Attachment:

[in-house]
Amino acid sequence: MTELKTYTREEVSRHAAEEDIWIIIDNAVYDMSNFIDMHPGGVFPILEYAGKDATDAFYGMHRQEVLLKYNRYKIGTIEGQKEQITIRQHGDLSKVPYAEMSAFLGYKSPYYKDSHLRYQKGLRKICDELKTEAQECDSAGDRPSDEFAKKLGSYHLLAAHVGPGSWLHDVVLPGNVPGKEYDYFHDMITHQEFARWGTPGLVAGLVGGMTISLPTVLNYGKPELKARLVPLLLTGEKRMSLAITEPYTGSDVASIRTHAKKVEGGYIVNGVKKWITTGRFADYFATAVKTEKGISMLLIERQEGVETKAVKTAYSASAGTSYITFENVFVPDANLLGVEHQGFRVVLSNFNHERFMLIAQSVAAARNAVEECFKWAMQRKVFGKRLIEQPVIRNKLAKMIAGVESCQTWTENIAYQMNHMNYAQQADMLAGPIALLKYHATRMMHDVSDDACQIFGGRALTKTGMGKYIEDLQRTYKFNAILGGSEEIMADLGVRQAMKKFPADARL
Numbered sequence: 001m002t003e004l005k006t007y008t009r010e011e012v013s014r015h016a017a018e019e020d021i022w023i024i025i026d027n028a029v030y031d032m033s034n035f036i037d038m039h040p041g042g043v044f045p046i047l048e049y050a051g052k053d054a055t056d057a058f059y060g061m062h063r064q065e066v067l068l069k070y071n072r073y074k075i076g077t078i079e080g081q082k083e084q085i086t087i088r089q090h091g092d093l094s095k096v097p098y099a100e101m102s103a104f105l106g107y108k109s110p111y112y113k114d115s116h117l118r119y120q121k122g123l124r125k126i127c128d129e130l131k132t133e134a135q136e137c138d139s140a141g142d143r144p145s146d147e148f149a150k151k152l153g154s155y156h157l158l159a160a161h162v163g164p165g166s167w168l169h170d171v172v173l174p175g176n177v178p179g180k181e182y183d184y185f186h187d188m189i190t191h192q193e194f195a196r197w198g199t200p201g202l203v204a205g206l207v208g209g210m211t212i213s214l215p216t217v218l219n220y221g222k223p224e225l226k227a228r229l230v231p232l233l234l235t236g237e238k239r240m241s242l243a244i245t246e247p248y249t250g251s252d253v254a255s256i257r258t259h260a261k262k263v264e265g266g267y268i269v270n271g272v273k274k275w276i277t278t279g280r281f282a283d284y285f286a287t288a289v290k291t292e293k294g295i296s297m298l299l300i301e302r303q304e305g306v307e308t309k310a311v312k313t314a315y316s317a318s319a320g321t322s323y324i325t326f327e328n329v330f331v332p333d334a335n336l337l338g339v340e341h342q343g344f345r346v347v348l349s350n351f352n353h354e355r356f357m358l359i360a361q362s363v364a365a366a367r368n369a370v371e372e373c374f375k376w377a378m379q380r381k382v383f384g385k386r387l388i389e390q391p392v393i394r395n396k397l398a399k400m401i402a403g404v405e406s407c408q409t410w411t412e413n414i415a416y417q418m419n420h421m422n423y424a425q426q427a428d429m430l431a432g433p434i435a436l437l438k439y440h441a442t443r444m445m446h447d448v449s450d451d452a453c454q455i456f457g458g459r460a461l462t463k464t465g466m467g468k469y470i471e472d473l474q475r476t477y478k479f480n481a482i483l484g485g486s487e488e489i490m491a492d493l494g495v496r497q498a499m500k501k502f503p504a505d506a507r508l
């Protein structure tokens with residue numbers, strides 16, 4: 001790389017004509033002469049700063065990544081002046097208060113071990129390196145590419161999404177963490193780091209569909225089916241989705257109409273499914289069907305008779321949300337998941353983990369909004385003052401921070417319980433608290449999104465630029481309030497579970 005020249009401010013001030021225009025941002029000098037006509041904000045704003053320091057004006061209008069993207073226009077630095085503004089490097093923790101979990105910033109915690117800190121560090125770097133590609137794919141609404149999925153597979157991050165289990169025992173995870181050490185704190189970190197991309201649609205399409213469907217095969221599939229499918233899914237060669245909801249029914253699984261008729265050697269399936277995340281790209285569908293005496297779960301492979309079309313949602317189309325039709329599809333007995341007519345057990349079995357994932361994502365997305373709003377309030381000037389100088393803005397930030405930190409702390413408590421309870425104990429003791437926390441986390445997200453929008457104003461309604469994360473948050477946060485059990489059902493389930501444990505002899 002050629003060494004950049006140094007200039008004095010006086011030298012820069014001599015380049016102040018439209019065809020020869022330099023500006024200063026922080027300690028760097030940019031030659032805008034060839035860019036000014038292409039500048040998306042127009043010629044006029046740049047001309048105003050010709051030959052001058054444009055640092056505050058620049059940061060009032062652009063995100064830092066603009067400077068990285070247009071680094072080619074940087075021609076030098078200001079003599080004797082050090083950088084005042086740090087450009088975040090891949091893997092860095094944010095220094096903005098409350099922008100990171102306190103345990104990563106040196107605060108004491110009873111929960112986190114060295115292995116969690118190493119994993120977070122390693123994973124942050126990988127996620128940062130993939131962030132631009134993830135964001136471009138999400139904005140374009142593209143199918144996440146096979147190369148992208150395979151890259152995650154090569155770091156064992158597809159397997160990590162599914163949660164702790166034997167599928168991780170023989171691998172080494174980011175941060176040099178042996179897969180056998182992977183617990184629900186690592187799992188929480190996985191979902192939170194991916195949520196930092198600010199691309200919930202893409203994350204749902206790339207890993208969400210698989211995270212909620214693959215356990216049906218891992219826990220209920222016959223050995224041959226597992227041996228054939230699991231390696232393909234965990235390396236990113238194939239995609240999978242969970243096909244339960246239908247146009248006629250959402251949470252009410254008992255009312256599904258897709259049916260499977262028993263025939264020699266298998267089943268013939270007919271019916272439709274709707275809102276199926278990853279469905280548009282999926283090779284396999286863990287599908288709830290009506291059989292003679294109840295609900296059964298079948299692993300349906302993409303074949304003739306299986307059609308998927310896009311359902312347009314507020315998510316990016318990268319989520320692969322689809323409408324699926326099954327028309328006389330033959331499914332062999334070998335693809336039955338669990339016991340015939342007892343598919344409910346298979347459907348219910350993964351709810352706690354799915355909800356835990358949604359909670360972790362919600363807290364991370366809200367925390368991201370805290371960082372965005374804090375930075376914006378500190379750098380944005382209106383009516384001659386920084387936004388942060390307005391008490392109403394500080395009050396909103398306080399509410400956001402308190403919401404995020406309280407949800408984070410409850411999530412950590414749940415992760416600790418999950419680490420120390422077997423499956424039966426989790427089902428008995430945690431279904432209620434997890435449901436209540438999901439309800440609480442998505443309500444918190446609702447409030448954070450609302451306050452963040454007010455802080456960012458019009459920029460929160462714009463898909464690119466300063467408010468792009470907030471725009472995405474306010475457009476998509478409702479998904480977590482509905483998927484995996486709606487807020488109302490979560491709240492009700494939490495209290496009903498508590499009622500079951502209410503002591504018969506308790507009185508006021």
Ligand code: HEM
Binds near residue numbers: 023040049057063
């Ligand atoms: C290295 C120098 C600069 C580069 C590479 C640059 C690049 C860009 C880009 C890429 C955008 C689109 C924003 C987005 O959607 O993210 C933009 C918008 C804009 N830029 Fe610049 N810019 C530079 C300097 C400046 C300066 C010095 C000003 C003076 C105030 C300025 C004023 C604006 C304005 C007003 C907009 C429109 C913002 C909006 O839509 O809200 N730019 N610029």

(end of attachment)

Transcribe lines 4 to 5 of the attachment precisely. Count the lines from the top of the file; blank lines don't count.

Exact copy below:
């Protein structure tokens with residue numbers, strides 16, 4: 001790389017004509033002469049700063065990544081002046097208060113071990129390196145590419161999404177963490193780091209569909225089916241989705257109409273499914289069907305008779321949300337998941353983990369909004385003052401921070417319980433608290449999104465630029481309030497579970 005020249009401010013001030021225009025941002029000098037006509041904000045704003053320091057004006061209008069993207073226009077630095085503004089490097093923790101979990105910033109915690117800190121560090125770097133590609137794919141609404149999925153597979157991050165289990169025992173995870181050490185704190189970190197991309201649609205399409213469907217095969221599939229499918233899914237060669245909801249029914253699984261008729265050697269399936277995340281790209285569908293005496297779960301492979309079309313949602317189309325039709329599809333007995341007519345057990349079995357994932361994502365997305373709003377309030381000037389100088393803005397930030405930190409702390413408590421309870425104990429003791437926390441986390445997200453929008457104003461309604469994360473948050477946060485059990489059902493389930501444990505002899 002050629003060494004950049006140094007200039008004095010006086011030298012820069014001599015380049016102040018439209019065809020020869022330099023500006024200063026922080027300690028760097030940019031030659032805008034060839035860019036000014038292409039500048040998306042127009043010629044006029046740049047001309048105003050010709051030959052001058054444009055640092056505050058620049059940061060009032062652009063995100064830092066603009067400077068990285070247009071680094072080619074940087075021609076030098078200001079003599080004797082050090083950088084005042086740090087450009088975040090891949091893997092860095094944010095220094096903005098409350099922008100990171102306190103345990104990563106040196107605060108004491110009873111929960112986190114060295115292995116969690118190493119994993120977070122390693123994973124942050126990988127996620128940062130993939131962030132631009134993830135964001136471009138999400139904005140374009142593209143199918144996440146096979147190369148992208150395979151890259152995650154090569155770091156064992158597809159397997160990590162599914163949660164702790166034997167599928168991780170023989171691998172080494174980011175941060176040099178042996179897969180056998182992977183617990184629900186690592187799992188929480190996985191979902192939170194991916195949520196930092198600010199691309200919930202893409203994350204749902206790339207890993208969400210698989211995270212909620214693959215356990216049906218891992219826990220209920222016959223050995224041959226597992227041996228054939230699991231390696232393909234965990235390396236990113238194939239995609240999978242969970243096909244339960246239908247146009248006629250959402251949470252009410254008992255009312256599904258897709259049916260499977262028993263025939264020699266298998267089943268013939270007919271019916272439709274709707275809102276199926278990853279469905280548009282999926283090779284396999286863990287599908288709830290009506291059989292003679294109840295609900296059964298079948299692993300349906302993409303074949304003739306299986307059609308998927310896009311359902312347009314507020315998510316990016318990268319989520320692969322689809323409408324699926326099954327028309328006389330033959331499914332062999334070998335693809336039955338669990339016991340015939342007892343598919344409910346298979347459907348219910350993964351709810352706690354799915355909800356835990358949604359909670360972790362919600363807290364991370366809200367925390368991201370805290371960082372965005374804090375930075376914006378500190379750098380944005382209106383009516384001659386920084387936004388942060390307005391008490392109403394500080395009050396909103398306080399509410400956001402308190403919401404995020406309280407949800408984070410409850411999530412950590414749940415992760416600790418999950419680490420120390422077997423499956424039966426989790427089902428008995430945690431279904432209620434997890435449901436209540438999901439309800440609480442998505443309500444918190446609702447409030448954070450609302451306050452963040454007010455802080456960012458019009459920029460929160462714009463898909464690119466300063467408010468792009470907030471725009472995405474306010475457009476998509478409702479998904480977590482509905483998927484995996486709606487807020488109302490979560491709240492009700494939490495209290496009903498508590499009622500079951502209410503002591504018969506308790507009185508006021």
Ligand code: HEM